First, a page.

Try to make every sentence in the active voice. If, occasionally, you struggle to phrase a sentence in the active voice, it’s okay—but avoid defaulting to passive voice out of habit.

  • Incorrect: The levels must be checked before the process is started.
  • Correct: Check the levels before starting the process.

Write in the present tense unless something inherently refers to the future.

  • Incorrect: If the levels are too low, the process will not start.
  • Correct: Low levels prevent the process from starting.

Default to using the imperative mood. It’s generally acceptable to use the second person, but avoid excessive use of “you.”

  • Incorrect: You must put your key in your security transponder before you drive your car through the gate.
  • Correct: Put the key in the security transponder before driving through the gate.

Follow a style guide—typically the Chicago Manual of Style in the U.S..

5. Conduct Usability Testing

Use participants as a representative sample of the user audience to test the documentation. Monitor and take notes to identify areas where the documentation works well and where it needs improvement. Clearly communicate to participants that the documentation is being tested, not the participants themselves. Regardless of one’s expertise as a technical communicator, usability testing is essential for ensuring effective documentation.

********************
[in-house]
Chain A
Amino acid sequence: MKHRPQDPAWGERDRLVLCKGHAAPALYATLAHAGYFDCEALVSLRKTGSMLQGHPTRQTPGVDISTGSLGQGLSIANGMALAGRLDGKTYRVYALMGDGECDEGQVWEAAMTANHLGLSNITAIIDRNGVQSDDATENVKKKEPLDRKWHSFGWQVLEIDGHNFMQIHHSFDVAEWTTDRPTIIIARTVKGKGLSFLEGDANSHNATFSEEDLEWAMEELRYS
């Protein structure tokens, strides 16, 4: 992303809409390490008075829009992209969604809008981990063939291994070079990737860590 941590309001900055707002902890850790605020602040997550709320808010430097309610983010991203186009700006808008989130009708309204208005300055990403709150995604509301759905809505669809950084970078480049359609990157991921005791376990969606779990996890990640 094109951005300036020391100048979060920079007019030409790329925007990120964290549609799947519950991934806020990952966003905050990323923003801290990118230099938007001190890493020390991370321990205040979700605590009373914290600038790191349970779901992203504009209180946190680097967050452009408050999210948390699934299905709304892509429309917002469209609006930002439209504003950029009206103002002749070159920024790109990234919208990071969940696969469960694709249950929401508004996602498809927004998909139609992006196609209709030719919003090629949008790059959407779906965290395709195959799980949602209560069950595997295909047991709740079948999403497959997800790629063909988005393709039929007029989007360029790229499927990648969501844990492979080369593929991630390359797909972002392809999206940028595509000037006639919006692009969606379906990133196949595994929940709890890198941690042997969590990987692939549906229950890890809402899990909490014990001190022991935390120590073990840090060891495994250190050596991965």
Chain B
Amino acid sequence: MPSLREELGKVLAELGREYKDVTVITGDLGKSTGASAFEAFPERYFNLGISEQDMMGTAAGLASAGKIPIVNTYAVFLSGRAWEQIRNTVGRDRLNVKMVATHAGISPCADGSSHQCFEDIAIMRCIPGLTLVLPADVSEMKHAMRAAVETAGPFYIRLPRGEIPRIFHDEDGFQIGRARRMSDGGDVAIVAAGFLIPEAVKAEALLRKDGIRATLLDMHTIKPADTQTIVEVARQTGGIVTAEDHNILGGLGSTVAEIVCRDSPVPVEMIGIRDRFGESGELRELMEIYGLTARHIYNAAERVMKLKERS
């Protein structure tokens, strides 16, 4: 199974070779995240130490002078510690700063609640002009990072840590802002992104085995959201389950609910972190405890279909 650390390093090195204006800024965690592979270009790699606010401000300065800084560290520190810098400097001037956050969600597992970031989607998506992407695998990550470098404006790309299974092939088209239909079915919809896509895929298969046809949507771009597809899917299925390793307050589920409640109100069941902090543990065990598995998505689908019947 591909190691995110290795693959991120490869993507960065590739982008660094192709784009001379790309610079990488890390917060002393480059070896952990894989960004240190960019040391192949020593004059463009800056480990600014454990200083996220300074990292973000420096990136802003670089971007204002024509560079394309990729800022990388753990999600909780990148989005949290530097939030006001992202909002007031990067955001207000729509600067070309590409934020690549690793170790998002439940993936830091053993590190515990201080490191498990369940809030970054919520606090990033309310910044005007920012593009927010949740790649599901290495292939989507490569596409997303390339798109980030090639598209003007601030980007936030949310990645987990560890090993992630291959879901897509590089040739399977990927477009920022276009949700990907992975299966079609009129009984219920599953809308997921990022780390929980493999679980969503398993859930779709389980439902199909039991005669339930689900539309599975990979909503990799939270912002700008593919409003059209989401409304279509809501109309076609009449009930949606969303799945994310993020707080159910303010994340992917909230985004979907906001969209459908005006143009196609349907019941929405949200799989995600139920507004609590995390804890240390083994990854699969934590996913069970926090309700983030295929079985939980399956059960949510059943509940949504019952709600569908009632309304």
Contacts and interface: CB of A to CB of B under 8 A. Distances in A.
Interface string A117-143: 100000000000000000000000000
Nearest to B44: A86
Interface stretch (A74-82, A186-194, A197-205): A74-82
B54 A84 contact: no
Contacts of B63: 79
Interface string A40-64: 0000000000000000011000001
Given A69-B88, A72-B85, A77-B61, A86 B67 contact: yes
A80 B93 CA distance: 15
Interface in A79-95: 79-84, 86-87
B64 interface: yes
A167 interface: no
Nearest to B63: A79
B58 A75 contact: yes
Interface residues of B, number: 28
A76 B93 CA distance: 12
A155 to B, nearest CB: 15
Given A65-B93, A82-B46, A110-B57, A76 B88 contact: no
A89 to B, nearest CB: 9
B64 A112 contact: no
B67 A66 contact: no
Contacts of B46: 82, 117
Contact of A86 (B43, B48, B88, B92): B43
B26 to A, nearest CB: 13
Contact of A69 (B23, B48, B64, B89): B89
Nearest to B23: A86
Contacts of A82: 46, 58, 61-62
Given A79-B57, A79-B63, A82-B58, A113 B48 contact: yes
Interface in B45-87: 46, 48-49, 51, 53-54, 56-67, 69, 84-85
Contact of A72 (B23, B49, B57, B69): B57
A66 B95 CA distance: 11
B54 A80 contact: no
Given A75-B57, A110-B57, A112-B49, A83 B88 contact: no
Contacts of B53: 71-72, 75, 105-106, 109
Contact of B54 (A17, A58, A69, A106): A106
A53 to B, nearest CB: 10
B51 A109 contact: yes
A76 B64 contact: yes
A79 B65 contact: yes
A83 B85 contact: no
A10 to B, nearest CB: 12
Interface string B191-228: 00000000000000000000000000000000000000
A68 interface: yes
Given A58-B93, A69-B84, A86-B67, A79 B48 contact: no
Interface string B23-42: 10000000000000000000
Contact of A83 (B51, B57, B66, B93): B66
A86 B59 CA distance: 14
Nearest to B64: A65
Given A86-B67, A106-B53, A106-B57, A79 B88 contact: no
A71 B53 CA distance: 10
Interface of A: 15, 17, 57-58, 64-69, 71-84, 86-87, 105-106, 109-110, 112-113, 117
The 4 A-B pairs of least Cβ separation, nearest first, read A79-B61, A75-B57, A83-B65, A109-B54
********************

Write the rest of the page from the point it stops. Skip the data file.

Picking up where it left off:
6. Revise the Documentation until it Functions as Intended

Technical documentation may appear satisfactory and receive approval from managers who are not end-users, yet still fail to meet its intended purpose. This highlights the importance of having training departments or customer/technical service available to address issues that could have been prevented with thorough documentation.

Technical Writing in FinTech

As FinTech keeps changing finance, good technical writing becomes even more important. It’s all about making sure people understand what’s going on and can use FinTech services easily. By sticking to some basic rules and staying flexible, technical writers help FinTech grow and succeed. If you need any help with your technical writing, feel free to contact us.


  • Zuzanna Macieszko

    Content Creator with a deep passion for Public Relations, new technologies, and traveling. I find joy in bringing creative ideas to life and have been actively involved in various projects to date.